Of the 37 countries that will participate in the program, about half plan to introduce pneumococcal vaccines, the other half will introduce rotavirus vaccines.

“We are targeting the two largest killers of children in the world,” said Berkley, at the GAVI announcement Tuesday morning, via a web conference for media.

Rotavirus alone kills more than 500,000 children a year and about half of those are from African countries.

Some of the countries participating in the GAVI program will also receive vaccinations for measles, meningitis A, and the pentavalent vaccine, which inoculates against five diseases simultaneously: iphtheria, tetanus, whooping cough, hepatitis B, and flu.

The vaccines will be supplied by Merck & Co. and GlaxoSmithKline at a deep discount.

The target cost of the vaccine preventing pneumonia, for example, will cost GAVI $3.50 at most.  The same vaccine in the U.S. costs $90. Other pharmaceutical companies will be incentivized to participate in the supply chain as the program expands over the next four years.

Copyright 2011 ABC News Radio


$4.3 Billion Vaccine Pledge to Save Children's Lives

Jeffrey Hamilton/Thinkstock(LONDON) -- Their mission is simple: get kids in poor countries the vaccines that are available for kids in rich countries. On Monday, the Global Alliance for Vaccines and Immunization (GAVI) announced a major milestone in global health by exceeding their goal of securing $3.7 billion in commitments from world leaders.

A historic achievement, the funds in this pledge campaign will go towards immunizing more than 250 million of the world's poorest children against life-threatening diseases by 2015 and preventing more than four million premature deaths.

Major public and private donors committed $4.3 billion, enabling GAVI to reach more children faster than planned and to accelerate the introduction of new vaccines. A portion of the pledges are conditional upon GAVI raising additional funds from new donors in the future. Monday's pledges bring GAVI's total available resources for 2011 to 2015 to $ 7.6 billion.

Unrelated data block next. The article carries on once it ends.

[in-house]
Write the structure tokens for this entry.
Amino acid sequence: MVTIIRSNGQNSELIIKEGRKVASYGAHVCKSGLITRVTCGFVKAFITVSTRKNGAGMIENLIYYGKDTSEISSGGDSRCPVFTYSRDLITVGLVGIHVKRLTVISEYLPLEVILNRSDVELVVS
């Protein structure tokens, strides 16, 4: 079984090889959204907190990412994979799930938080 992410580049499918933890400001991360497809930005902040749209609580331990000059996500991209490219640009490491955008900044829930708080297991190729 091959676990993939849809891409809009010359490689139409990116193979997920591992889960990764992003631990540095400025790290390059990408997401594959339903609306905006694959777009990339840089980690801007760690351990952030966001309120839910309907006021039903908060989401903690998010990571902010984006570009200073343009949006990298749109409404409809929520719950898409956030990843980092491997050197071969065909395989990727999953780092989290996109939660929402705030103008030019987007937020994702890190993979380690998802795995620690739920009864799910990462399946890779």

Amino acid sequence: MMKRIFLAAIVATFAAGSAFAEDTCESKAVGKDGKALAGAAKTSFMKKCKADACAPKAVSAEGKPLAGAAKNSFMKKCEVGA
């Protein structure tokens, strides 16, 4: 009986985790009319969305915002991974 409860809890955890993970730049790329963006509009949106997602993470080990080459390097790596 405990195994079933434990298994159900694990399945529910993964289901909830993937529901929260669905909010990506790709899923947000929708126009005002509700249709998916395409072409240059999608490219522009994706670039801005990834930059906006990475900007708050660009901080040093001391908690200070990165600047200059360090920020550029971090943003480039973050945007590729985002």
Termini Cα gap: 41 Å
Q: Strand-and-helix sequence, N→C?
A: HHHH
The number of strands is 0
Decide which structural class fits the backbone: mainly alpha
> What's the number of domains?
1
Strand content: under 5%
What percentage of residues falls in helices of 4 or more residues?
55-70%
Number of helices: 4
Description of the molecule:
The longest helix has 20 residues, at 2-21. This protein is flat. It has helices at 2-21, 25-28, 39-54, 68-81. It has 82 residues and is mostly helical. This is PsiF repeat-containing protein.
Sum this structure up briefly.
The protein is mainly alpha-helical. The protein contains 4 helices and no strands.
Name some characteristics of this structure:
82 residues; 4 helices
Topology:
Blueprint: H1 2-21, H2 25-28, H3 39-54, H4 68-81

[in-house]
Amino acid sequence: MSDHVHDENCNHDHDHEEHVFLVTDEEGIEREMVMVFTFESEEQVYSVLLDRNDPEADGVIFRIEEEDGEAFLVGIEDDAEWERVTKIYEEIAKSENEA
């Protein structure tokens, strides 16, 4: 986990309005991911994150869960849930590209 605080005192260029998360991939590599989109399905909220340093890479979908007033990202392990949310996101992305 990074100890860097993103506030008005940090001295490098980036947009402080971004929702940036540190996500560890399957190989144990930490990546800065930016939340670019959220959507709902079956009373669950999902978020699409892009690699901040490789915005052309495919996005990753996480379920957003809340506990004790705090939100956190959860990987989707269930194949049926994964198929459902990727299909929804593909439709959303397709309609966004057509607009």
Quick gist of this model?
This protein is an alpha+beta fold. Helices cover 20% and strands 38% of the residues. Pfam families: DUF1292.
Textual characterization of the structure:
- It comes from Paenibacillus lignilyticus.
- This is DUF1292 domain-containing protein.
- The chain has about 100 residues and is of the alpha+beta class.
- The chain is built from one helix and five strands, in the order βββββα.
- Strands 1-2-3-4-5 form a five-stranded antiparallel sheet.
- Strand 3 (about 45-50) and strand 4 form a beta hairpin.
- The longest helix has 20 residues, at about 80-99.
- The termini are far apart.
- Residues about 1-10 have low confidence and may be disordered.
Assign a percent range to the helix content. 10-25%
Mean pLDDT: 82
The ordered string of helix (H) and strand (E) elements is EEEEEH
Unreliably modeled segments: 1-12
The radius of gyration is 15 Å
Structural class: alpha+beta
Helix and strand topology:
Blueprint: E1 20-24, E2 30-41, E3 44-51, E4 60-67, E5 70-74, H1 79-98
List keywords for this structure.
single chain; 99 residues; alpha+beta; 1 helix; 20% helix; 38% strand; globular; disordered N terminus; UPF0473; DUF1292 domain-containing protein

Hosted by UK Prime Minister David Cameron, the meeting convened prime ministers, ministers and high-level officials from donor and developing countries, leaders of U.N. agencies, CEOs from private companies and senior civil society leaders to make commitments to support GAVI's life-saving work.

By successfully meeting their goal, GAVI will have the ability to continue funding their immunization programs in developing countries and also to address two new important vaccines that will be made available for countries in need: one against pneumonia the other immunizing against severe diarrhea. Pneumonia and diarrhea account for roughly 40 percent of child deaths under the age of five across the planet and particular in developing, poor countries.

One of the Millennium Development Goals (MDG) is to reduce child mortality by two-thirds by the year 2015. When it comes to addressing child mortality, immunization plays a pivotal role. Nearly two million children die and in the case of pneumonia and diarrhea, one child dies every 20 seconds from a vaccine-preventable disease. Since 2001, GAVI has been on the frontlines by enabling 288 million children to be vaccinated and in doing so, averting five million deaths.

Copyright 2011 ABC News Radio